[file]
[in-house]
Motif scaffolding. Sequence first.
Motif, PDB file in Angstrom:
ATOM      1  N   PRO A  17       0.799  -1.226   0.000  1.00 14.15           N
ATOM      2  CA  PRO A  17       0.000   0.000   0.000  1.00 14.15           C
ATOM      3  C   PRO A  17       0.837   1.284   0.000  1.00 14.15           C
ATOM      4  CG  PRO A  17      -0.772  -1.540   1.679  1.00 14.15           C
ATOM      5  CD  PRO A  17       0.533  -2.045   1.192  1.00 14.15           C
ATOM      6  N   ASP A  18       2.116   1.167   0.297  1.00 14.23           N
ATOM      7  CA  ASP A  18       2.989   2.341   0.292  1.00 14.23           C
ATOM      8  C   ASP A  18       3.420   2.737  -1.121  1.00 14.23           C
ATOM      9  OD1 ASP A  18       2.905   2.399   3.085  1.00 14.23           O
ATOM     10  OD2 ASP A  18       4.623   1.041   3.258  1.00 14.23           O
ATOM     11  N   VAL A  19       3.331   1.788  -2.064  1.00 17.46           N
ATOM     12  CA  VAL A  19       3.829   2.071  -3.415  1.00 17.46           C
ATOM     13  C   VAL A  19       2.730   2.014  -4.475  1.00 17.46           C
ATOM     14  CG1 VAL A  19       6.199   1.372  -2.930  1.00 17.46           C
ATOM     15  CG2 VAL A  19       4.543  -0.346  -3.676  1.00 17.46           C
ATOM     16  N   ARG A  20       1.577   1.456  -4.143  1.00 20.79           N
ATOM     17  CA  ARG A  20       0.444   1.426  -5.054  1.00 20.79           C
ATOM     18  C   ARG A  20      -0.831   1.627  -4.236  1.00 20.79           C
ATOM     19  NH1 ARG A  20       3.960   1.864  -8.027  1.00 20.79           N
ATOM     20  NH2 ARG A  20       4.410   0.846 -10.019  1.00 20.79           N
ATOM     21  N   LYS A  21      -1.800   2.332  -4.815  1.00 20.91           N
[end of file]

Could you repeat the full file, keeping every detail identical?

[in-house]
Motif scaffolding. Sequence first.
Motif, PDB file in Angstrom:
ATOM      1  N   PRO A  17       0.799  -1.226   0.000  1.00 14.15           N
ATOM      2  CA  PRO A  17       0.000   0.000   0.000  1.00 14.15           C
ATOM      3  C   PRO A  17       0.837   1.284   0.000  1.00 14.15           C
ATOM      4  CG  PRO A  17      -0.772  -1.540   1.679  1.00 14.15           C
ATOM      5  CD  PRO A  17       0.533  -2.045   1.192  1.00 14.15           C
ATOM      6  N   ASP A  18       2.116   1.167   0.297  1.00 14.23           N
ATOM      7  CA  ASP A  18       2.989   2.341   0.292  1.00 14.23           C
ATOM      8  C   ASP A  18       3.420   2.737  -1.121  1.00 14.23           C
ATOM      9  OD1 ASP A  18       2.905   2.399   3.085  1.00 14.23           O
ATOM     10  OD2 ASP A  18       4.623   1.041   3.258  1.00 14.23           O
ATOM     11  N   VAL A  19       3.331   1.788  -2.064  1.00 17.46           N
ATOM     12  CA  VAL A  19       3.829   2.071  -3.415  1.00 17.46           C
ATOM     13  C   VAL A  19       2.730   2.014  -4.475  1.00 17.46           C
ATOM     14  CG1 VAL A  19       6.199   1.372  -2.930  1.00 17.46           C
ATOM     15  CG2 VAL A  19       4.543  -0.346  -3.676  1.00 17.46           C
ATOM     16  N   ARG A  20       1.577   1.456  -4.143  1.00 20.79           N
ATOM     17  CA  ARG A  20       0.444   1.426  -5.054  1.00 20.79           C
ATOM     18  C   ARG A  20      -0.831   1.627  -4.236  1.00 20.79           C
ATOM     19  NH1 ARG A  20       3.960   1.864  -8.027  1.00 20.79           N
ATOM     20  NH2 ARG A  20       4.410   0.846 -10.019  1.00 20.79           N
ATOM     21  N   LYS A  21      -1.800   2.332  -4.815  1.00 20.91           N